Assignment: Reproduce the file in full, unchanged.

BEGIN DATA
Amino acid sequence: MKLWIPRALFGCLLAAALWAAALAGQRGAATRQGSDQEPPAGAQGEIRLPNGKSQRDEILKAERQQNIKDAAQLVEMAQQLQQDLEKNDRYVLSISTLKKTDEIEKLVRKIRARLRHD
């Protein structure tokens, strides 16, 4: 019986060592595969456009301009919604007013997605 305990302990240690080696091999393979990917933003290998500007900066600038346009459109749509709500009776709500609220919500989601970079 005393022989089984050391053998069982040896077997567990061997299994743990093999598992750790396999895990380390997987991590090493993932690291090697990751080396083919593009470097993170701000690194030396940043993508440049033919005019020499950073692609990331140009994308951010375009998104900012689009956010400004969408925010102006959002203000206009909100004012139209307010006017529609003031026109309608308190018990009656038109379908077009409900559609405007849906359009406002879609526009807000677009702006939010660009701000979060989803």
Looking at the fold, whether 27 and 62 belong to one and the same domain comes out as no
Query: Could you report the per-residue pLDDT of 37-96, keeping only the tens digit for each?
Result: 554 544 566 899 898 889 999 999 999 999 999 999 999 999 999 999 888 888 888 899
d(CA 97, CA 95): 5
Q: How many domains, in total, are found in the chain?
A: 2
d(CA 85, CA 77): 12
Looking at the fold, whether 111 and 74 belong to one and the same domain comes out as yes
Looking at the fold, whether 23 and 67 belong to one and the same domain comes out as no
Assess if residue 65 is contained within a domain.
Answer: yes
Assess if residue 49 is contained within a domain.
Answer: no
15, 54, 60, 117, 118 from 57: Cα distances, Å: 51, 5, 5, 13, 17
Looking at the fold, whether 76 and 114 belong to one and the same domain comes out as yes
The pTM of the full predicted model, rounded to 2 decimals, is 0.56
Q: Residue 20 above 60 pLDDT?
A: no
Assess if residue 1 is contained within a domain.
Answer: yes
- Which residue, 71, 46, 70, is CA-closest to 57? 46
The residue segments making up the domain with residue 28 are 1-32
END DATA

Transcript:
Amino acid sequence: MKLWIPRALFGCLLAAALWAAALAGQRGAATRQGSDQEPPAGAQGEIRLPNGKSQRDEILKAERQQNIKDAAQLVEMAQQLQQDLEKNDRYVLSISTLKKTDEIEKLVRKIRARLRHD
């Protein structure tokens, strides 16, 4: 019986060592595969456009301009919604007013997605 305990302990240690080696091999393979990917933003290998500007900066600038346009459109749509709500009776709500609220919500989601970079 005393022989089984050391053998069982040896077997567990061997299994743990093999598992750790396999895990380390997987991590090493993932690291090697990751080396083919593009470097993170701000690194030396940043993508440049033919005019020499950073692609990331140009994308951010375009998104900012689009956010400004969408925010102006959002203000206009909100004012139209307010006017529609003031026109309608308190018990009656038109379908077009409900559609405007849906359009406002879609526009807000677009702006939010660009701000979060989803």
Looking at the fold, whether 27 and 62 belong to one and the same domain comes out as no
Query: Could you report the per-residue pLDDT of 37-96, keeping only the tens digit for each?
Result: 554 544 566 899 898 889 999 999 999 999 999 999 999 999 999 999 888 888 888 899
d(CA 97, CA 95): 5
Q: How many domains, in total, are found in the chain?
A: 2
d(CA 85, CA 77): 12
Looking at the fold, whether 111 and 74 belong to one and the same domain comes out as yes
Looking at the fold, whether 23 and 67 belong to one and the same domain comes out as no
Assess if residue 65 is contained within a domain.
Answer: yes
Assess if residue 49 is contained within a domain.
Answer: no
15, 54, 60, 117, 118 from 57: Cα distances, Å: 51, 5, 5, 13, 17
Looking at the fold, whether 76 and 114 belong to one and the same domain comes out as yes
The pTM of the full predicted model, rounded to 2 decimals, is 0.56
Q: Residue 20 above 60 pLDDT?
A: no
Assess if residue 1 is contained within a domain.
Answer: yes
- Which residue, 71, 46, 70, is CA-closest to 57? 46
The residue segments making up the domain with residue 28 are 1-32